The Murder Complex, Part 5

Chief County Investigator George Contreras supervised the disinterment of Grace’s decomposing body from her cement covered coffin in the cistern at her Beverly Glen cabin. News of the discovery spread, and soon morbid crowds paralyzed traffic in the Glen as they attempted to catch a glimpse of Thomas.

Dressed in a blue suit and appearing calm, Thomas, unaided, exited a car in front of the cabin. He was accompanied by Deputy D.A. Harold Davis and Investigator Charles Reimer.

“We want to talk this over a little,” Deputy District Attorney Davis told him. Since uncovering Grace’s body, the authorities had a lot of questions for Thomas. As soon as they arrived at the cabin, Thomas settled himself in a comfortable rocking chair, lit a cigar, and spoke.

Grace’s body found in cistern

He told the investigators, and the shorthand reporter talking notes, that his father was a chaplain at the Pennsylvania Penitentiary. Thomas also mentioned that he received his education at the Pennsylvania College of Dental Surgery and at Washington and Jefferson University.

Thomas recalled meeting Grace and courting her, culminating in their Santa Barbara marriage. According to him, on the day of the marriage, Grace told him she was to be the “boss of the family.”

Investigators were skeptical of Thomas’ account. They believed he had been laying plans for his “perfect crime” since the first day of his marriage, and that he had always planned to kill Grace and gain control of Patrick and the Grogan fortune. They revealed that a part of his plan included Thomas choosing a woman for Patrick to marry, killing Patrick, and then marrying the boy’s widow.

At first, Thomas said he could not recall how he had killed Grace. “I don’t know how I killed her,” he said. His pseudo loss of memory was, investigators felt, another calculated move by Thomas. They believed Thomas planned to feign insanity.

Davis wanted to know where Grace was killed. Was it in Thomas’ office or in his car? Or out on a lonely road, or at the cabin?

Prodded by Davis’ questions, Thomas said: “I don’t think we went to the office. How did I get her out of the office? How could I get her out of the office?”

Then he began an eerie mantra: “I don’t know how I killed her, I don’t know how I killed her, I don’t know how I killed her.”

“And you didn’t choke her to death?” Davis asked.

“I don’t think so,” he answered.

“And if you killed her when she was in the car, you didn’t kill her with gas, did you?”

“No sir,” Thomas replied.

“If you killed her with gas, you killed her at the office?”

“Possibly I did.”

“And if you killed her in the car, you choked her to death?”

“Yes.”

Thomas admitted to carrying a .38 caliber automatic pistol in the side pocket of his car on the night of the murder. The weapon was discovered by Investigator Reimer in Thomas’ dresser at the Kingsley Drive townhouse.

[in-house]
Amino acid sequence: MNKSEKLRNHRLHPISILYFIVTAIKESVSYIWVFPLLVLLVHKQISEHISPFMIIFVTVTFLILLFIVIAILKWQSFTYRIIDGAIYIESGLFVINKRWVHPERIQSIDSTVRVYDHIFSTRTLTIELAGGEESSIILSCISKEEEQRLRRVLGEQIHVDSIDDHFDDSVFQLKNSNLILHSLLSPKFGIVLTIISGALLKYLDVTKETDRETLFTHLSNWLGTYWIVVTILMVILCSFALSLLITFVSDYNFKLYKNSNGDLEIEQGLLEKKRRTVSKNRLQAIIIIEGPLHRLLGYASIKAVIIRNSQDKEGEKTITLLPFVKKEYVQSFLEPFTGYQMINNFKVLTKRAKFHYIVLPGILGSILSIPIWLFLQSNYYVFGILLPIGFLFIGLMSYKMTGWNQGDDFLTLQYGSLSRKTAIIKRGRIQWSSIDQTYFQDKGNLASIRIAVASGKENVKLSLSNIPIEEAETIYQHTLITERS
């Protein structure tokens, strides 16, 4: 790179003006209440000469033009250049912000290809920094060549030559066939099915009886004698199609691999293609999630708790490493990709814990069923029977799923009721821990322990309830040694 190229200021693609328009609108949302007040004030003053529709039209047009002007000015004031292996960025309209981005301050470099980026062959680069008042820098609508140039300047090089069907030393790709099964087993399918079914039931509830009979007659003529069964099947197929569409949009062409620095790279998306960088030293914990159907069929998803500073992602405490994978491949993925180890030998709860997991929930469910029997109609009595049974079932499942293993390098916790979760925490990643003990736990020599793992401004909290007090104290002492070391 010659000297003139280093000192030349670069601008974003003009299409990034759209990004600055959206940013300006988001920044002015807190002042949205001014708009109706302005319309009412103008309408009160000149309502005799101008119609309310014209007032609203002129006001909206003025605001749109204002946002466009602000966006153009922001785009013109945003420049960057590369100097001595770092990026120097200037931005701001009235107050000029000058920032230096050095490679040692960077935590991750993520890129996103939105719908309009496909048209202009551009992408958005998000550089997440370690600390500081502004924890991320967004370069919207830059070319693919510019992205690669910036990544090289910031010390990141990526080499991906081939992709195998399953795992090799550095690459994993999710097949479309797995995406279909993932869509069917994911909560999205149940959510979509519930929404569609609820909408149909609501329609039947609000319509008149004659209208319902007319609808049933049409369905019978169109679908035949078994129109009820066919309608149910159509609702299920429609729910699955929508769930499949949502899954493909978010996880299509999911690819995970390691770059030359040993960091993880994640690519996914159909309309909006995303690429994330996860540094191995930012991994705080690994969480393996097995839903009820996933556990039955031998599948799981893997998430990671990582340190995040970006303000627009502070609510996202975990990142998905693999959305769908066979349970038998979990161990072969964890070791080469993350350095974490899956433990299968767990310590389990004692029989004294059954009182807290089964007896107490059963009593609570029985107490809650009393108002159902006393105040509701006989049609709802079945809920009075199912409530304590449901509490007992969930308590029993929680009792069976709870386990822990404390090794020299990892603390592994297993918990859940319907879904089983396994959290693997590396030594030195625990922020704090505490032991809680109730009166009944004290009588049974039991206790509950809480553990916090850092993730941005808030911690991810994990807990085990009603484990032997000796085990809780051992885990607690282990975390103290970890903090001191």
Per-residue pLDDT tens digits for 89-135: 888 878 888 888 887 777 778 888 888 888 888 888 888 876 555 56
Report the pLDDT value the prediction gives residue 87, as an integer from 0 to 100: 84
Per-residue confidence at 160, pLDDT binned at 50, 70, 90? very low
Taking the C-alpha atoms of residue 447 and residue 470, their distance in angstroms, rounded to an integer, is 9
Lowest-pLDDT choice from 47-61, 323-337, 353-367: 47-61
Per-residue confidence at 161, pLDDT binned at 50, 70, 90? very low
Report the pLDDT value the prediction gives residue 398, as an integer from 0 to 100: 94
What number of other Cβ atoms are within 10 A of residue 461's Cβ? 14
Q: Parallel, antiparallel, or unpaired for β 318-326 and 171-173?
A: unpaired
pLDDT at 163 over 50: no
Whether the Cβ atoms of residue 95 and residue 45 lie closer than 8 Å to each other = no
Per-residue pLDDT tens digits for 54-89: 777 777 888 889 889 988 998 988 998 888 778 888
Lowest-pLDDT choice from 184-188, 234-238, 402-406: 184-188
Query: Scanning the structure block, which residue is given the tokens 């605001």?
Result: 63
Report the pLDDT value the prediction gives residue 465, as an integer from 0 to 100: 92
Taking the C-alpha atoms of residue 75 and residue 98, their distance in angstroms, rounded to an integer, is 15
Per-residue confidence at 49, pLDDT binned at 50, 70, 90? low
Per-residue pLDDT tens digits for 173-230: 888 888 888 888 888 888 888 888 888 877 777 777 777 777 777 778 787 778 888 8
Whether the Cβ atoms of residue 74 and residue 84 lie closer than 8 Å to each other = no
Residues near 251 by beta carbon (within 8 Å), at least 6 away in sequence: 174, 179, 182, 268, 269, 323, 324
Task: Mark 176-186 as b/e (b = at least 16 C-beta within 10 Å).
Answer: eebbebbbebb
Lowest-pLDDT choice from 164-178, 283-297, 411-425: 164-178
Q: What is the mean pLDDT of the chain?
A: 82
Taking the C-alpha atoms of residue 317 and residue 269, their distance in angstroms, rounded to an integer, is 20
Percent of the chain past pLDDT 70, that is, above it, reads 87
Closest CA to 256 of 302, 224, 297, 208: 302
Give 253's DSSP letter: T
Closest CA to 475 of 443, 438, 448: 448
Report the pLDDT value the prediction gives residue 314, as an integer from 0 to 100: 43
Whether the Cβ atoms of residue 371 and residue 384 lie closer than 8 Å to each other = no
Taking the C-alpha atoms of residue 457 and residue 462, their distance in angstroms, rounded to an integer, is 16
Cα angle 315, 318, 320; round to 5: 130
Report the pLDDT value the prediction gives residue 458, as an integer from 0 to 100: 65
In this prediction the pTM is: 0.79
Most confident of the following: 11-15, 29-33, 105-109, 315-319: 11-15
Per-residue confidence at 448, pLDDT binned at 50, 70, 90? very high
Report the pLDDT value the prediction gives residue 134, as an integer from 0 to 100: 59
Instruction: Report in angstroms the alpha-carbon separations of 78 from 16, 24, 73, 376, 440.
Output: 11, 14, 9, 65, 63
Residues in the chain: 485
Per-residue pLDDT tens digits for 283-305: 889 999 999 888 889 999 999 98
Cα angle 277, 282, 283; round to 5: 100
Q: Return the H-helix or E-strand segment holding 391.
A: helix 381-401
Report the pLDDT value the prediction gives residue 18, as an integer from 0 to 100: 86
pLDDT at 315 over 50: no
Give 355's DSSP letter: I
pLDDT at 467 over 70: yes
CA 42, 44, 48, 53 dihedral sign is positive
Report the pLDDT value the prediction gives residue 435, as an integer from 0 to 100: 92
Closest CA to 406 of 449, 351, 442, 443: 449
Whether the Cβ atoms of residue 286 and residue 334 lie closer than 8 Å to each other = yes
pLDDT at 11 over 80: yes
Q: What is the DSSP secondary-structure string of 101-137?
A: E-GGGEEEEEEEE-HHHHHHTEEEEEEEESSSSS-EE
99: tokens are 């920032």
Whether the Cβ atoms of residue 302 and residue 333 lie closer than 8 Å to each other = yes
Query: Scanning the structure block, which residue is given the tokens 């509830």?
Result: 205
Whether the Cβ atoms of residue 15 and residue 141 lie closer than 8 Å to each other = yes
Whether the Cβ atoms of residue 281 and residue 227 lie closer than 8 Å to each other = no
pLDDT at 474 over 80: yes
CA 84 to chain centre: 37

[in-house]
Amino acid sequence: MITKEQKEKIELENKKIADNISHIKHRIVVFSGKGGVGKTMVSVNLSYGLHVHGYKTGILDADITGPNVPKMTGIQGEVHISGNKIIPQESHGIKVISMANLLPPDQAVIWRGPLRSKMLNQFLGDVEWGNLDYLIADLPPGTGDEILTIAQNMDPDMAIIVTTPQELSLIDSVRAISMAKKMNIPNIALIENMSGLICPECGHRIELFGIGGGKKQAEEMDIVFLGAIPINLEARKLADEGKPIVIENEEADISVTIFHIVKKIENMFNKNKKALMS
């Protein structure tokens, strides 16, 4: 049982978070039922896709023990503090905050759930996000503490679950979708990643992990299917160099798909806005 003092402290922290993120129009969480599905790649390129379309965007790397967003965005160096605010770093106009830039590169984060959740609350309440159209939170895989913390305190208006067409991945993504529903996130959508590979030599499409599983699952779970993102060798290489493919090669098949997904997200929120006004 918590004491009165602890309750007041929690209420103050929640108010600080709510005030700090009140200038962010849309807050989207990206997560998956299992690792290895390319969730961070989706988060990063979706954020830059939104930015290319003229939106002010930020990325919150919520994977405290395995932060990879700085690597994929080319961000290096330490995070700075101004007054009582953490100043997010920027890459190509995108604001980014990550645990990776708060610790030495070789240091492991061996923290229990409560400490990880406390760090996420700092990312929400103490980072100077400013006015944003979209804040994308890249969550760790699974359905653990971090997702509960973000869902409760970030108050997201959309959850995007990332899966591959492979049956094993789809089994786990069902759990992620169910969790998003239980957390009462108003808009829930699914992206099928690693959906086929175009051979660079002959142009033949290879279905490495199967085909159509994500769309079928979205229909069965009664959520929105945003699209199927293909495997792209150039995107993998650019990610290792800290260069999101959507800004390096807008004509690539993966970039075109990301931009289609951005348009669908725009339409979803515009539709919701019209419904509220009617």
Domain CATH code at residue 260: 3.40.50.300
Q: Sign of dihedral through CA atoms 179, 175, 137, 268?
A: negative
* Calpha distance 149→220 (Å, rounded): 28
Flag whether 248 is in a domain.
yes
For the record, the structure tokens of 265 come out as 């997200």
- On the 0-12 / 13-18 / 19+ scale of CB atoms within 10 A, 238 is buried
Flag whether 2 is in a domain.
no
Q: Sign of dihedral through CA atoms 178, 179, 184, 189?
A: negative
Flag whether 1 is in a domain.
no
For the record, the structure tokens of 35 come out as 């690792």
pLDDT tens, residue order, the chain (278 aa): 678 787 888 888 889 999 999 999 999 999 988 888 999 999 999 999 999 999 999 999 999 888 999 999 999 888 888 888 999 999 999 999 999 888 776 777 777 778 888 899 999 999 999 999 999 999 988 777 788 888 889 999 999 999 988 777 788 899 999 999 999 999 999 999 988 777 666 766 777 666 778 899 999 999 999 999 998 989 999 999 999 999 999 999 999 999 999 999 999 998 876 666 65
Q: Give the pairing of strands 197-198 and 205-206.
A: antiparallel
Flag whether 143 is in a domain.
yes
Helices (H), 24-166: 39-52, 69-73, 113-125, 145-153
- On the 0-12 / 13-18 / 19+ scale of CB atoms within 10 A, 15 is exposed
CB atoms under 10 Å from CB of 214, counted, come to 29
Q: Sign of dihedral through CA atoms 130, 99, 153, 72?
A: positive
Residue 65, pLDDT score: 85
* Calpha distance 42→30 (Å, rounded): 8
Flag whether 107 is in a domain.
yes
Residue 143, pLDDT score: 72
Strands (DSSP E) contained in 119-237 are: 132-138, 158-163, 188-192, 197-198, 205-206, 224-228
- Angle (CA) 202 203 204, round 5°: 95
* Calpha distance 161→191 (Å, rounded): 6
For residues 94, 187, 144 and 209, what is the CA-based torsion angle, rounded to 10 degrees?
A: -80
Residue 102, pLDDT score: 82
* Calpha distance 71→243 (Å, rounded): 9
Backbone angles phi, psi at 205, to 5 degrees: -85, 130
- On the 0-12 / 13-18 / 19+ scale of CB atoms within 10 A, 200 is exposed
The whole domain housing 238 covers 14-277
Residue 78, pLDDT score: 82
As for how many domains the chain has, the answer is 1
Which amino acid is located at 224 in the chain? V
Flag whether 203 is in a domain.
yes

“Did you shoot her?” he was asked.

“No, I don’t think so. Was she shot?”

“What was the next thing you remember?”

“When she hit the bottom of the cistern, there,” he pointed toward the cistern. “I think I heard a thud.”

Grace in the morgue.

After hours of sparring with investigators and just as he was about to be taken from the cabin to the Strother & Dayton funeral parlor to view Grace’s remains, Thomas said: “I’m glad she is dead. I am glad she’s dead, because I am free.”

It was 3 a.m. when Deputy D.A. Davis and his associates arrived at the funeral home with Thomas.

Thomas walked right up to Grace’s ravaged body and said: “It doesn’t look like her.”

Then Thomas swayed on his feet and collapsed.

“It was a little bit of a hand.” He mumbled.

Thomas was taken to the front office, where he sat with a vacant stare for several minutes before recovering himself. He wanted to unburden himself.

Thomas said that on the night of the murder, he and Grace stopped at the Plantation Grill, where they argued, then they went to his office where they got a bottle of liquor and got “lit up.” While they were at the office, Thomas picked up a tube of Somnoform, a heavy anesthetic, and concealed it in his pocket.

Grace fell asleep in the car as Thomas drove out to the cabin. When they arrived, Thomas put a mask over her face, administering the Somnoform until she quit breathing.

After giving Grace the drug, Thomas told investigators: “I put cotton in her nose, and then I took that rubber bag off the Somnoform.”

They found the bag from the tube of Somnoform stuffed into Grace’s mouth, which was initially mistaken for a rubber glove. Thomas had used the cotton and the rubber bag to make sure that Grace “wouldn’t start breathing again.”